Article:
When I was working on my undergraduate degree, I, like everyone, had to take electives. As an English major, my university would offer some interesting courses that would count towards our elective credits but were somewhat related to our major. For instance, one professor offered to teach “mystery novels” as an English elective course. I enjoyed that class–getting to read mysteries from Poe and Agatha Christie was great. Another elective course was “fashion history.” I like this course also because the professor was one of my favorites and kept the class interesting. It was in this class that I learned the word bespoke. I had heard the term haute couture before, meaning fashion explicitly tailored for women. Bespoke is the same, except it is usually about clothing tailored for men. When looking at this week’s question, that word–bespoke–came to my mind.
Fashion came to my mind because this week, I am looking at ISTE for educators standard 5. On the ISTE website, that standard is categorized as “Designer.” So, just like a designer creates haute couture clothing for women and bespoke clothing for men, I thought it was an appropriate analogy. Moreover, I am focusing on 5a, “Use technology to create, adapt and personalize learning experiences that foster independent learning and accommodate learner differences and needs” (ISTE). The question I want to ask related to 5a is, What technological tool is the most effective for student learning–meaning what can fit individual needs for each students’ goals? I know there is a lot of software for educators to accomplish many things, and finding different technology tools to meet students’ learning goals can be challenging. So, this week, I am going to look at just reading. Microsoft has developed a new tool focused on reading progress. When I say “new,” I mean that. Microsoft has only tested this software with a group of teachers. They are planning to release it before the next school year (2021-22 year).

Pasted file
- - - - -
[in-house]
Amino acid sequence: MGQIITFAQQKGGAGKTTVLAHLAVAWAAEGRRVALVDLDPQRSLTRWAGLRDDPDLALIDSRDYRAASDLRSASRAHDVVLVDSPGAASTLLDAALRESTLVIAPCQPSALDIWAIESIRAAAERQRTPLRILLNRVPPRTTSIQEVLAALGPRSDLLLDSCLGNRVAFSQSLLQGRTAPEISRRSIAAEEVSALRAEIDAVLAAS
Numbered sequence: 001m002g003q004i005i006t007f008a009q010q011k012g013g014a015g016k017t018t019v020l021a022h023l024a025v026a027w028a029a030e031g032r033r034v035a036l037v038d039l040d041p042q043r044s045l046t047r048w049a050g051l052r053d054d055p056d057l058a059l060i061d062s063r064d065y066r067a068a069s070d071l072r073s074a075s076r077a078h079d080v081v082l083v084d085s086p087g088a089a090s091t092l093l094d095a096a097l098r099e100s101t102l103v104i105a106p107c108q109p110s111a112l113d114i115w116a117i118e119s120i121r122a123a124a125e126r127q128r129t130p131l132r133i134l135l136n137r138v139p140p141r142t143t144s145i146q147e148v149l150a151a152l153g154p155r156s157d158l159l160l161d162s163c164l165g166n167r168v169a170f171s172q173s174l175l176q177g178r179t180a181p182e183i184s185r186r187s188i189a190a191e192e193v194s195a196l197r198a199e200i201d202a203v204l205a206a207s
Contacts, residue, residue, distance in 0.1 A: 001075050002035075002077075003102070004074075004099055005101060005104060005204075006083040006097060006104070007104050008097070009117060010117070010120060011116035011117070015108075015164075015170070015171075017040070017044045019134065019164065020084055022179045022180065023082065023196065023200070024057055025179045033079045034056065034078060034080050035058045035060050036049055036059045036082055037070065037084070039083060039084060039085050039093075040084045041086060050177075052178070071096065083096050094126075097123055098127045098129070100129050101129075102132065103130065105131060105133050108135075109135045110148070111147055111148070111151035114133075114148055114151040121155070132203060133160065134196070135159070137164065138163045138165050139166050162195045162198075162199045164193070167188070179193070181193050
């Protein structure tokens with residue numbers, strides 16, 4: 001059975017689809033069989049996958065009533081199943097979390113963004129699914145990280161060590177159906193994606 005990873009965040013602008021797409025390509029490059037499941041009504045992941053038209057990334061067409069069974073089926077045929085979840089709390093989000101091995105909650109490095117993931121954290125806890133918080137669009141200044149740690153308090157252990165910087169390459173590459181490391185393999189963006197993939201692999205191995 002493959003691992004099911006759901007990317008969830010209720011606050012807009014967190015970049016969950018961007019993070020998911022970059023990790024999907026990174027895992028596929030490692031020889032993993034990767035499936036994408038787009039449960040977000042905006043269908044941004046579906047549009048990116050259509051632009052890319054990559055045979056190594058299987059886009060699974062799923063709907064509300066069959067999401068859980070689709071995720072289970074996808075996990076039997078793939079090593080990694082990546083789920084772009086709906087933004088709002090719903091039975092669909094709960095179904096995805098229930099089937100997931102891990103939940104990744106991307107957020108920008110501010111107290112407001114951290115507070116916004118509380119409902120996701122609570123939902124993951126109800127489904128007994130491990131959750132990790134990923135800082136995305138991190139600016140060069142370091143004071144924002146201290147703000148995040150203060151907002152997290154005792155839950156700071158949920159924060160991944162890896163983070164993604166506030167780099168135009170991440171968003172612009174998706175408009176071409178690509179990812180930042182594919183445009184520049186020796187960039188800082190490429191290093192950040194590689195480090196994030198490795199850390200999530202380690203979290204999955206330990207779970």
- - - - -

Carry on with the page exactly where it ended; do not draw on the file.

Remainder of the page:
Reading Progress is meant to be used within Teams, Microsoft’s “chat-based collaboration platform” (more on Teams here). Many teachers must schedule in time to sit with their students and have them read a passage as they listen and look for mispronunciations, missed words, or reading at a steady pace. With Reading Progress, the teacher uploads a passage in Teams for the student to read. The student records themselves with audio/video or just audio on their own time. Teachers can adjust the setting to listen and grade as if they were sitting with the student in real-time, or they can use “auto-detect,” which will “quickly flag mispronunciations, insertions, omissions, repetitions, and self-corrections” (Handout). Check out this YouTube introduction to Reading Progress:
As a teacher of about 97% ELL students, I can see how Reading Progress can benefit them in their fluency–specifically in pronunciations. I appreciate this tool because Microsoft tracks the data through “Teams Education Insight dashboards,” so I would be able to see the progress over the year for the class as a whole or individual students. I can also see how, at the beginning of the school year, I could best differentiate the reading passages for the different fluency levels in my classroom. According to an article titled “The Growing Diversity in Today’s Classroom,” it is noted, “A child’s phonological skills can be affected by a wide range of factors, from primary language to home literacy environment to socioeconomic status. With personalized instruction, large percentages of students with lower phonological awareness can become proficient readers” (“The Growing Diversity in Today’s Classroom”). Microsoft’s Reading Progress could very well provide all the necessary tools for students and teachers to personalize learning for each student. One downside I would note is, as with any other A.I. tools, how accurate will Reading Progress? Some students’ accents are so strong that their mispronunciations may not be heard correctly, or maybe their omissions are not caught. Issues such as these may provide inaccurate data, which could be a possible downside–at least initially. Over time, this tool could prove to be very good in helping to individualize learner’s needs as teachers become “designers” of the future.
The Growing Diversity in Today’s Classroom. Digital Promise. (2021, May 10). https://digitalpromise.org/.
Introduction to Reading Progress. Microsoft Educator Center. (n.d.). https://education.microsoft.com/en-us/resource/50b18238.
ISTE Standards for Educators. ISTE. (n.d.). https://www.iste.org/standards/for-educators.
Ray, S. (2021, May 4). Students have a new, less stressful way to improve their reading – and it’s easier for teachers, too. Stories. https://news.microsoft.com/features/reading-progress/.
Tholfsen, M. (2021, May 12). Reading Progress in Microsoft Teams – Improve student reading fluency, save time and track progress. TECHCOMMUNITY.MICROSOFT.COM. https://techcommunity.microsoft.com/t5/education-blog/reading-progress-in-microsoft-teams-improve-student-reading/ba-p/2315377.